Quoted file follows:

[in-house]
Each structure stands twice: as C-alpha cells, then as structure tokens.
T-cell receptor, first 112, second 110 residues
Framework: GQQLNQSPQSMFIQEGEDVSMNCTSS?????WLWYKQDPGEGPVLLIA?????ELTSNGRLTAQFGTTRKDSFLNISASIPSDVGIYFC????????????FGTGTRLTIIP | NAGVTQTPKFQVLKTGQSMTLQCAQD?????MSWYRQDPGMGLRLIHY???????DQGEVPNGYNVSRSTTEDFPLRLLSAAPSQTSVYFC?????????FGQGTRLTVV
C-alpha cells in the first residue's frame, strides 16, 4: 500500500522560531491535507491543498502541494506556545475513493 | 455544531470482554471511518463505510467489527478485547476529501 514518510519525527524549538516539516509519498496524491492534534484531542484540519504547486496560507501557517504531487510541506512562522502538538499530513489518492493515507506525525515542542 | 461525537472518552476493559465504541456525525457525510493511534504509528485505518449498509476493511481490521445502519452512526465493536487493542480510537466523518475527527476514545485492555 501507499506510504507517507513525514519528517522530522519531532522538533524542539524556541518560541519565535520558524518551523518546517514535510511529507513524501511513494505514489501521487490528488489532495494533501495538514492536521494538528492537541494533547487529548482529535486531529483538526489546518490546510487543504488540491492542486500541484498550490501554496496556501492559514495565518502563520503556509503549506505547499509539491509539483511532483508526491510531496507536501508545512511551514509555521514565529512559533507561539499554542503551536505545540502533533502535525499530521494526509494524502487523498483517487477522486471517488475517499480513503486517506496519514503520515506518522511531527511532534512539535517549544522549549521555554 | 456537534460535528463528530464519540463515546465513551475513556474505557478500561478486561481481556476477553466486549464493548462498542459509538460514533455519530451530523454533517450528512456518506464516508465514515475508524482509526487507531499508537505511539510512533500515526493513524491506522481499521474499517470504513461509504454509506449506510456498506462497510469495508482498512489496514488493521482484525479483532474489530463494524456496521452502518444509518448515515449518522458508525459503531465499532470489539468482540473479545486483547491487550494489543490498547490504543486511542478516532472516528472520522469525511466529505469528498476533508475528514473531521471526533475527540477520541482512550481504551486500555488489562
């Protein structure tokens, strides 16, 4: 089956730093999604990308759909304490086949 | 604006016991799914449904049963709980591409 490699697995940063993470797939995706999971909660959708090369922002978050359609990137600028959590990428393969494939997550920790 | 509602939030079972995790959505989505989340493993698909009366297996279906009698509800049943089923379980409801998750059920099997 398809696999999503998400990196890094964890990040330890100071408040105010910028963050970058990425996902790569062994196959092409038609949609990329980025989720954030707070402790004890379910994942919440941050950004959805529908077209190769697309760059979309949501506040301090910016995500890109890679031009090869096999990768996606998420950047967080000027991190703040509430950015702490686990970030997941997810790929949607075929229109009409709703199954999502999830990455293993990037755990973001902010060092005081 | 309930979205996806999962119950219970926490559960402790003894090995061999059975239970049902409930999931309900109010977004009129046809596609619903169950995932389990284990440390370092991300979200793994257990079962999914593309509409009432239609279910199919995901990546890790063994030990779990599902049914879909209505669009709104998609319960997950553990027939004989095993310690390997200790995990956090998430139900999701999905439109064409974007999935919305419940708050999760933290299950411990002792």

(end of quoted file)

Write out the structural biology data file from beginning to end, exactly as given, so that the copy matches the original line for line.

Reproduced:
[in-house]
Each structure stands twice: as C-alpha cells, then as structure tokens.
T-cell receptor, first 112, second 110 residues
Framework: GQQLNQSPQSMFIQEGEDVSMNCTSS?????WLWYKQDPGEGPVLLIA?????ELTSNGRLTAQFGTTRKDSFLNISASIPSDVGIYFC????????????FGTGTRLTIIP | NAGVTQTPKFQVLKTGQSMTLQCAQD?????MSWYRQDPGMGLRLIHY???????DQGEVPNGYNVSRSTTEDFPLRLLSAAPSQTSVYFC?????????FGQGTRLTVV
C-alpha cells in the first residue's frame, strides 16, 4: 500500500522560531491535507491543498502541494506556545475513493 | 455544531470482554471511518463505510467489527478485547476529501 514518510519525527524549538516539516509519498496524491492534534484531542484540519504547486496560507501557517504531487510541506512562522502538538499530513489518492493515507506525525515542542 | 461525537472518552476493559465504541456525525457525510493511534504509528485505518449498509476493511481490521445502519452512526465493536487493542480510537466523518475527527476514545485492555 501507499506510504507517507513525514519528517522530522519531532522538533524542539524556541518560541519565535520558524518551523518546517514535510511529507513524501511513494505514489501521487490528488489532495494533501495538514492536521494538528492537541494533547487529548482529535486531529483538526489546518490546510487543504488540491492542486500541484498550490501554496496556501492559514495565518502563520503556509503549506505547499509539491509539483511532483508526491510531496507536501508545512511551514509555521514565529512559533507561539499554542503551536505545540502533533502535525499530521494526509494524502487523498483517487477522486471517488475517499480513503486517506496519514503520515506518522511531527511532534512539535517549544522549549521555554 | 456537534460535528463528530464519540463515546465513551475513556474505557478500561478486561481481556476477553466486549464493548462498542459509538460514533455519530451530523454533517450528512456518506464516508465514515475508524482509526487507531499508537505511539510512533500515526493513524491506522481499521474499517470504513461509504454509506449506510456498506462497510469495508482498512489496514488493521482484525479483532474489530463494524456496521452502518444509518448515515449518522458508525459503531465499532470489539468482540473479545486483547491487550494489543490498547490504543486511542478516532472516528472520522469525511466529505469528498476533508475528514473531521471526533475527540477520541482512550481504551486500555488489562
């Protein structure tokens, strides 16, 4: 089956730093999604990308759909304490086949 | 604006016991799914449904049963709980591409 490699697995940063993470797939995706999971909660959708090369922002978050359609990137600028959590990428393969494939997550920790 | 509602939030079972995790959505989505989340493993698909009366297996279906009698509800049943089923379980409801998750059920099997 398809696999999503998400990196890094964890990040330890100071408040105010910028963050970058990425996902790569062994196959092409038609949609990329980025989720954030707070402790004890379910994942919440941050950004959805529908077209190769697309760059979309949501506040301090910016995500890109890679031009090869096999990768996606998420950047967080000027991190703040509430950015702490686990970030997941997810790929949607075929229109009409709703199954999502999830990455293993990037755990973001902010060092005081 | 309930979205996806999962119950219970926490559960402790003894090995061999059975239970049902409930999931309900109010977004009129046809596609619903169950995932389990284990440390370092991300979200793994257990079962999914593309509409009432239609279910199919995901990546890790063994030990779990599902049914879909209505669009709104998609319960997950553990027939004989095993310690390997200790995990956090998430139900999701999905439109064409974007999935919305419940708050999760933290299950411990002792």